Two New Jersey Supreme Court rulings handed down this week have helped shaped the Tort Claims Act (TCA). The first, Edan Ben Elazar v. Marcietta Cleaners, Inc., dealt with the TCA’s notice-of-claim requirement when dealing with a municipality, or any other public entity for that matter. Under the TCA, a plaintiff must file a notice-of-claim with a public entity within 90 days of the accrual of the cause of action. Absent extraordinary circumstances, the failure to file a timely notice-of-claim bars a tort claim against the public entity.
This 90 day period is similar to a statute of limitation, where one must file a tort claim within in given period of time, typically two to three years. The time limit begins when the claim accrues which in most cases occurs on the same date as the underlying tortious act. However, there are circumstances where the date of accrual is less clear. Typically these circumstances include instances where a plaintiff is reasonably unaware that they have sustained an injury or reasonably unaware that the injury was caused by the fault of another. Under these circumstances, courts have ruled that the shot clock on filing a claim does not begin to tick until the discovery of the injury or the party at fault. This is what is known as the “discovery rule.”
In Marcietta Cleaners, the Court examined the application of the discovery rule in the context of the TCA’s 90-day notice-of-claim requirement. The Court found the discovery rule is applicable to the 90-day notice- of claim much like it would apply to a statute of limitation. In other words, the 90 day period for which a plaintiff must file a notice-of claim or be barred from asserting a claim does not necessarily begin at the time the tortious act occurred. Instead, the 90 day period can begin much later but only if the failure to discover accrual of a cause of action is reasonable.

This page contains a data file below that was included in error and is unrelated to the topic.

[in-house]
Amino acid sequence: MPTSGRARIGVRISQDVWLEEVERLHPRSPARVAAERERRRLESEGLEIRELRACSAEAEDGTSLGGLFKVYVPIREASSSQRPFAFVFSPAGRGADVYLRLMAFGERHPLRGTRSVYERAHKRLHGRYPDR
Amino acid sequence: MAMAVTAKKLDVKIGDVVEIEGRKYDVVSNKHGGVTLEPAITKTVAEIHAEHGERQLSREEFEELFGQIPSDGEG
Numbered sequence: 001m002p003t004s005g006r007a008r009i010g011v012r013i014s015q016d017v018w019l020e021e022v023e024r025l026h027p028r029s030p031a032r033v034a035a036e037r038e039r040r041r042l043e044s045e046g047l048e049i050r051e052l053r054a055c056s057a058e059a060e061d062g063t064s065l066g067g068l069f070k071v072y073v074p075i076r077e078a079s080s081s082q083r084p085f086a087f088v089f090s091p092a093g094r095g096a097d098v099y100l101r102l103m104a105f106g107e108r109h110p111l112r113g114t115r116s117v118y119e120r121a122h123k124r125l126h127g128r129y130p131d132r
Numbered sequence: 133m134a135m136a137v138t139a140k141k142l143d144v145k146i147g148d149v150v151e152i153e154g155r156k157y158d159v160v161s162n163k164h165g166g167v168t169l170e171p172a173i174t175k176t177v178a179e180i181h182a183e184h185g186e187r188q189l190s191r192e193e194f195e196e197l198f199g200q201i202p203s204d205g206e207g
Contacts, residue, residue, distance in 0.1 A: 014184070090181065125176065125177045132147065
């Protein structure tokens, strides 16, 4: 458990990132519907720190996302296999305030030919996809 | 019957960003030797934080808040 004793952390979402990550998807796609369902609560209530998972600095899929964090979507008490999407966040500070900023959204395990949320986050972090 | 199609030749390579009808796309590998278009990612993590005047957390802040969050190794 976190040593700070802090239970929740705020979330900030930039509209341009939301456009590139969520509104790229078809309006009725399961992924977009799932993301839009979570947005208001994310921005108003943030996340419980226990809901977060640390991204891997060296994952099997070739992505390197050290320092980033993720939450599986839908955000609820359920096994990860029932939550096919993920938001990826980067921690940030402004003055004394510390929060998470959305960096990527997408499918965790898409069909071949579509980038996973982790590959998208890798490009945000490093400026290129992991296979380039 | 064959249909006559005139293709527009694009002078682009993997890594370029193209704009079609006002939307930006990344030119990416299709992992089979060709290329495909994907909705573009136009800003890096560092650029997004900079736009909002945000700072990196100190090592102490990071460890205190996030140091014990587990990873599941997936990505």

This ruling has the potential to open municipalities to claims which occurred months or even years after a potentially tortious incident. At the very least this ruling could lead to municipalities and other public entities needing to prove that a plaintiff’s failure to discover the accrual of a cause of action was unreasonable. While this may save public entities from defending a tort claim it would still be very costly to the municipalities and taxpayers.
The second case, Twanda Jones v. Morey’s Pier, Inc., dealt with whether or not a failure to timely serve a notice-of-claim on a public entity bars a defendant from making a cross-claim or third-party claim for contribution and common-law indemnification against the public entity. The Court ruled that the failure to timely file a notice-of-claim barred a defendant from making any such claims against a public entity.
The Morey’s Pier ruling correctly applies the legislative intent of the TCA to ensure prompt notification to public entities of potential claims against them so that they may remedy the underlying issue to avoid additional injury to others and so that they may plan accordingly for a potential payment of damages. To paraphrase the Court, if the claimant failed to serve a timely notice-of-claim the TCA’s plain language bars all claims including contribution and indemnification claims from defendants. “The Legislature did not distinguish between a plaintiff’s claim and a defendant’s cross claim or third-party claim.”
This ruling ensures that a municipality will receive the proper notice-of-claim under the TCA for any claims. It provides for assurance an attempted claim against a municipality, months or even years later cannot be sustained simply because the claim comes from a defendant rather than an injured party.
You should review this case with your municipal attorney for additional information on how this recent decision will impact your municipality.
Contact: Frank Marshall, Esq., League Staff Attorney, email@example.com, 609-695-3481 x. 137.